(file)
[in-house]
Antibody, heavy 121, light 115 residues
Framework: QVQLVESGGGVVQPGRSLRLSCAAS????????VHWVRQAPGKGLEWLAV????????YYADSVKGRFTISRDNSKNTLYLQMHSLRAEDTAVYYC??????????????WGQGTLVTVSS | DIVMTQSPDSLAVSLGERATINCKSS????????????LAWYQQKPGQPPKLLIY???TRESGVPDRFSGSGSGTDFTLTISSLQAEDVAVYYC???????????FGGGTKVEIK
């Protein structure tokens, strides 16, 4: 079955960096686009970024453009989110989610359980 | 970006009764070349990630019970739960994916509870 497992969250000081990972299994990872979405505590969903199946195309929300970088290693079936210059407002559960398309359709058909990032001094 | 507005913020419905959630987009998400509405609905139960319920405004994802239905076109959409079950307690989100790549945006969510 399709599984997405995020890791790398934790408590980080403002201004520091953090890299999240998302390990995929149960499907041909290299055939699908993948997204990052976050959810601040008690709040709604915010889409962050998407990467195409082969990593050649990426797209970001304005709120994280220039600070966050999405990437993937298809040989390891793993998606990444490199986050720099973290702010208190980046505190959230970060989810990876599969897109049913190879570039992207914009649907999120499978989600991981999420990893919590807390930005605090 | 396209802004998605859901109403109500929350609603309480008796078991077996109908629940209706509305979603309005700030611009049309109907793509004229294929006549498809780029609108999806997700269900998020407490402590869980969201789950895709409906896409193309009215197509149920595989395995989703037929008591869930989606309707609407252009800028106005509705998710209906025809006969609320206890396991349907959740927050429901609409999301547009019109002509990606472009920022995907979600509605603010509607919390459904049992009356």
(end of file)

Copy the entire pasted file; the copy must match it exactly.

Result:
[in-house]
Antibody, heavy 121, light 115 residues
Framework: QVQLVESGGGVVQPGRSLRLSCAAS????????VHWVRQAPGKGLEWLAV????????YYADSVKGRFTISRDNSKNTLYLQMHSLRAEDTAVYYC??????????????WGQGTLVTVSS | DIVMTQSPDSLAVSLGERATINCKSS????????????LAWYQQKPGQPPKLLIY???TRESGVPDRFSGSGSGTDFTLTISSLQAEDVAVYYC???????????FGGGTKVEIK
């Protein structure tokens, strides 16, 4: 079955960096686009970024453009989110989610359980 | 970006009764070349990630019970739960994916509870 497992969250000081990972299994990872979405505590969903199946195309929300970088290693079936210059407002559960398309359709058909990032001094 | 507005913020419905959630987009998400509405609905139960319920405004994802239905076109959409079950307690989100790549945006969510 399709599984997405995020890791790398934790408590980080403002201004520091953090890299999240998302390990995929149960499907041909290299055939699908993948997204990052976050959810601040008690709040709604915010889409962050998407990467195409082969990593050649990426797209970001304005709120994280220039600070966050999405990437993937298809040989390891793993998606990444490199986050720099973290702010208190980046505190959230970060989810990876599969897109049913190879570039992207914009649907999120499978989600991981999420990893919590807390930005605090 | 396209802004998605859901109403109500929350609603309480008796078991077996109908629940209706509305979603309005700030611009049309109907793509004229294929006549498809780029609108999806997700269900998020407490402590869980969201789950895709409906896409193309009215197509149920595989395995989703037929008591869930989606309707609407252009800028106005509705998710209906025809006969609320206890396991349907959740927050429901609409999301547009019109002509990606472009920022995907979600509605603010509607919390459904049992009356």